Topics: bank buy out, Buy a bank, bank acquisition, bank aquisition, De Novo Strategy, organizers, capital, bank investors, buying a bank, bank applications

Sluggish Bank Regulators: How Much Are They Costing Taxpayers?

Posted by Wendell Brock on Tue, May 19, 2009

Seventy-three start-up banks opened their doors in 2008, according to industry data provider SNL Financial. The number compares unfavorably to what happened in years prior: there were 146 start-ups in 2007, 152 in 2006, and 135 in 2005. The drop-off in bank start-up activity has several contributing factors, but a big one is the ever-lengthening approval cycle. FDIC regulators, ever-conscious about squeezing risk out of the banking system and short on manpower, are taking longer and longer to provide final approvals on new bank applications. It appears that each de novo application now has to be sent to Washington DC for final approval.

Two years ago, a start-up bank could set aside about six months to receive an application approval. However, sometime in early-2008, things began to slow down. Now, a bank organizing group can expect twelve months or more to go by as the FDIC ponders the new bank’s worthiness.

Because time is money

The added caution on the part of regulators is understandable, but it doesn’t come without a cost. A de novo bank typically brings $10 to $25 million of new private capital into the industry. SNL Financial estimates that new banks last year brought in an average of $18 million apiece, or roughly $1.3 billion in total. But a look at the same numbers in prior years indicates that this figure could have been much higher; the 146 start-ups in 2007, for example, delivered a cumulative $2.67 billion in new funds to the industry.

Manpower constraints

Caution, unfortunately, isn’t the only obstacle new bank applications face. Another issue is lack of manpower. De novo applications are processed in the examination side of the FDIC. But many of those examination employees are now being diverted to the resolution department that manages the closing of  banks. A typical bank closure can require the participation of ninety or more FDIC employees—which is a lot of human resources to shuttle away from examining banks and application processing. Last year, the FDIC shut down 25 failed institutions; the count this year has nearly matched that figure.  While the FDIC works hard to help banks survive and keep our financial system healthy, they also look for the least costly solution to the insurance fund as they close an institution.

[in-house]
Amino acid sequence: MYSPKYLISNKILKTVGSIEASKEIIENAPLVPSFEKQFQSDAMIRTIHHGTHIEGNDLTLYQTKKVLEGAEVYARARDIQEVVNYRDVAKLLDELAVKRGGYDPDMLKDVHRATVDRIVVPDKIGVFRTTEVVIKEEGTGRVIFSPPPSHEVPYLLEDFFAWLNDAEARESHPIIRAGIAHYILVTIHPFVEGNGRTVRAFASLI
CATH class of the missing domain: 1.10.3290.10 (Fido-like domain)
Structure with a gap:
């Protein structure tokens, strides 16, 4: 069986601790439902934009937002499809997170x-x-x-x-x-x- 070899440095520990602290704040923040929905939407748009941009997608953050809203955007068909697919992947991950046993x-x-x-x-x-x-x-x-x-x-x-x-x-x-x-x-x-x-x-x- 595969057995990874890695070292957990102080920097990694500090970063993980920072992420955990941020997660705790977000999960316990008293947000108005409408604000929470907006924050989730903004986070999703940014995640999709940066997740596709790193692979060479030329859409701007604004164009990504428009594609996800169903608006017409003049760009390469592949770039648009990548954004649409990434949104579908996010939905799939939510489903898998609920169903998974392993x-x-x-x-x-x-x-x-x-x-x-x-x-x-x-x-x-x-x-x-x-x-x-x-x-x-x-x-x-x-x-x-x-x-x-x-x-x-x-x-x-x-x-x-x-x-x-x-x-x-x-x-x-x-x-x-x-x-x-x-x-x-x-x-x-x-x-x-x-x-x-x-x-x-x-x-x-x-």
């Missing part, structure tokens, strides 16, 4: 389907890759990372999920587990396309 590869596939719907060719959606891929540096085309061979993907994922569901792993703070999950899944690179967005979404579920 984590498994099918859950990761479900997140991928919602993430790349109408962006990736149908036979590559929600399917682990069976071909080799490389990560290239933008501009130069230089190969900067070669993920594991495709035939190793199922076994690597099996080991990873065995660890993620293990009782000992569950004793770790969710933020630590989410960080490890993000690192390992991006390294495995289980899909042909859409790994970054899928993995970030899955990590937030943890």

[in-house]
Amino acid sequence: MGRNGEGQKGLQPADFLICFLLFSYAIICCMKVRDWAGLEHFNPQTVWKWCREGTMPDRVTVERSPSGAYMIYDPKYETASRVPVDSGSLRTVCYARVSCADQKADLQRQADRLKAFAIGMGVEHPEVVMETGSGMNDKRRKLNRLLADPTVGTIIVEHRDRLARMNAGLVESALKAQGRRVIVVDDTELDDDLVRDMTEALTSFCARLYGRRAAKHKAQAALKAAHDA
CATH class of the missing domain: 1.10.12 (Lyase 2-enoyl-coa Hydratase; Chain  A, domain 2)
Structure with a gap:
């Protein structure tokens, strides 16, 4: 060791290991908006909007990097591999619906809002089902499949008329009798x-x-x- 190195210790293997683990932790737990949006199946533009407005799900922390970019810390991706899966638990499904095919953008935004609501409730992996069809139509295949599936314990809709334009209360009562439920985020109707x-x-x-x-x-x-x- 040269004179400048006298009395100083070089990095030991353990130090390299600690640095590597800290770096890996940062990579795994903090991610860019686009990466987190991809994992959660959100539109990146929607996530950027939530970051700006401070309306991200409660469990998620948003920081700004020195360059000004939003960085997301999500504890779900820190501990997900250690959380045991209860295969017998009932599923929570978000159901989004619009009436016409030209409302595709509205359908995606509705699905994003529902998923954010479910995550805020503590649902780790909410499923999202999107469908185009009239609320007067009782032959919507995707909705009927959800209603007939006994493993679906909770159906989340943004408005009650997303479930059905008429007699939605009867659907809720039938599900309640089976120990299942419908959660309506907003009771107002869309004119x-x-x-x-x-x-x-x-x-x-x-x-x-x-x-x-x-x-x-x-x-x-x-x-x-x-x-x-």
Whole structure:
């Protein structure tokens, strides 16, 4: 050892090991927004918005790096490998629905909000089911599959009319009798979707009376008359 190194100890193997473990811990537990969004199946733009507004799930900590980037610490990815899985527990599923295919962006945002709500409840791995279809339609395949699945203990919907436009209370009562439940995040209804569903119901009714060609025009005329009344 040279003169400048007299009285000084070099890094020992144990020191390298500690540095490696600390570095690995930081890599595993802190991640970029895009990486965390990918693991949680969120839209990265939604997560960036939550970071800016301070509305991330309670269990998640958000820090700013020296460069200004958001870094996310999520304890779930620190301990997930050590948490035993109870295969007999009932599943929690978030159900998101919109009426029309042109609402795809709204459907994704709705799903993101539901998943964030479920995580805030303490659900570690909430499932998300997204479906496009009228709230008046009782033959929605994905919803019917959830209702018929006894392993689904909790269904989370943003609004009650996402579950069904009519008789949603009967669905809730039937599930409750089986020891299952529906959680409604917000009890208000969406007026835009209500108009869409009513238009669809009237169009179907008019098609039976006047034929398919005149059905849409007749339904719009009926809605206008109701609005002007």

Private capital, ready and willing

At a time when the feds are dumping money into the financial sector to loosen up lending, the banking system could sorely use the extra capital provided by de novo banks. It was just recently that the Congressional Budget Office (CBO) increased the expected 2009 cost of TARP by more than $150 billion. The estimated total cost is now $356 billion. Meanwhile, the Obama administration is also tinkering with the idea of selling bailout bonds to generate private capital that could fund bailout efforts.

Given that start-up banks bring their own capital—along with clean balance sheets, banking expertise and a willingness to lend—now might be the opportune time to fast-track bank applications. Finding a way to do that might be a practical addition to the existing banking recovery programs.  

Topics: FDIC, regulators, capital, bank applications

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BankNotes© is published by De Novo Strategy as a service to clients and other friends. The information contained in this publication should not be construed as legal, accounting, or investment advice. Should further analysis or explanation of the subject matter be required, please contact De Novo Strategy at